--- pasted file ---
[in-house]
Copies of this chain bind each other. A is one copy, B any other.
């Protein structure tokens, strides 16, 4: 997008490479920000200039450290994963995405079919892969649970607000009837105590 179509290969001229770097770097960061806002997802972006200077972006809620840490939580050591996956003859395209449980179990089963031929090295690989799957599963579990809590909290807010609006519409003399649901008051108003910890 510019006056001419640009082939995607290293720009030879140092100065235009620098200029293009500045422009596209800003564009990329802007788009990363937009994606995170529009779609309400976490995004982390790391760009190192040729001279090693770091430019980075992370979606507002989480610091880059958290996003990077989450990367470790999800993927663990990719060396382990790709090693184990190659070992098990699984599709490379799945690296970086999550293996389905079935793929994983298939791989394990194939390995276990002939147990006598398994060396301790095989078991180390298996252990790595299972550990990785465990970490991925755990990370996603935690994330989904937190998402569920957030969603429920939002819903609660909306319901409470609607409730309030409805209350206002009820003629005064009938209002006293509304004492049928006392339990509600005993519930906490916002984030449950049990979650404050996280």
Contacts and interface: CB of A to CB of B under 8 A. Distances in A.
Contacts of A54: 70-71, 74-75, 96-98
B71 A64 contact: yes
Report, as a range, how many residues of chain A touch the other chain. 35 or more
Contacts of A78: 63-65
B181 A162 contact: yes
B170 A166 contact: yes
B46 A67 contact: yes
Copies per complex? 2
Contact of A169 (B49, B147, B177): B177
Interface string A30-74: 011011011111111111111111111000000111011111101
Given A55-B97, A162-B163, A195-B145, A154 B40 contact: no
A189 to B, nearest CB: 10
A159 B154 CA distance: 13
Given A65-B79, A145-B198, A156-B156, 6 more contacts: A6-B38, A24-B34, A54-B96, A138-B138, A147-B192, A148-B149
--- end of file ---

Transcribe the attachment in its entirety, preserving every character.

[in-house]
Copies of this chain bind each other. A is one copy, B any other.
């Protein structure tokens, strides 16, 4: 997008490479920000200039450290994963995405079919892969649970607000009837105590 179509290969001229770097770097960061806002997802972006200077972006809620840490939580050591996956003859395209449980179990089963031929090295690989799957599963579990809590909290807010609006519409003399649901008051108003910890 510019006056001419640009082939995607290293720009030879140092100065235009620098200029293009500045422009596209800003564009990329802007788009990363937009994606995170529009779609309400976490995004982390790391760009190192040729001279090693770091430019980075992370979606507002989480610091880059958290996003990077989450990367470790999800993927663990990719060396382990790709090693184990190659070992098990699984599709490379799945690296970086999550293996389905079935793929994983298939791989394990194939390995276990002939147990006598398994060396301790095989078991180390298996252990790595299972550990990785465990970490991925755990990370996603935690994330989904937190998402569920957030969603429920939002819903609660909306319901409470609607409730309030409805209350206002009820003629005064009938209002006293509304004492049928006392339990509600005993519930906490916002984030449950049990979650404050996280």
Contacts and interface: CB of A to CB of B under 8 A. Distances in A.
Contacts of A54: 70-71, 74-75, 96-98
B71 A64 contact: yes
Report, as a range, how many residues of chain A touch the other chain. 35 or more
Contacts of A78: 63-65
B181 A162 contact: yes
B170 A166 contact: yes
B46 A67 contact: yes
Copies per complex? 2
Contact of A169 (B49, B147, B177): B177
Interface string A30-74: 011011011111111111111111111000000111011111101
Given A55-B97, A162-B163, A195-B145, A154 B40 contact: no
A189 to B, nearest CB: 10
A159 B154 CA distance: 13
Given A65-B79, A145-B198, A156-B156, 6 more contacts: A6-B38, A24-B34, A54-B96, A138-B138, A147-B192, A148-B149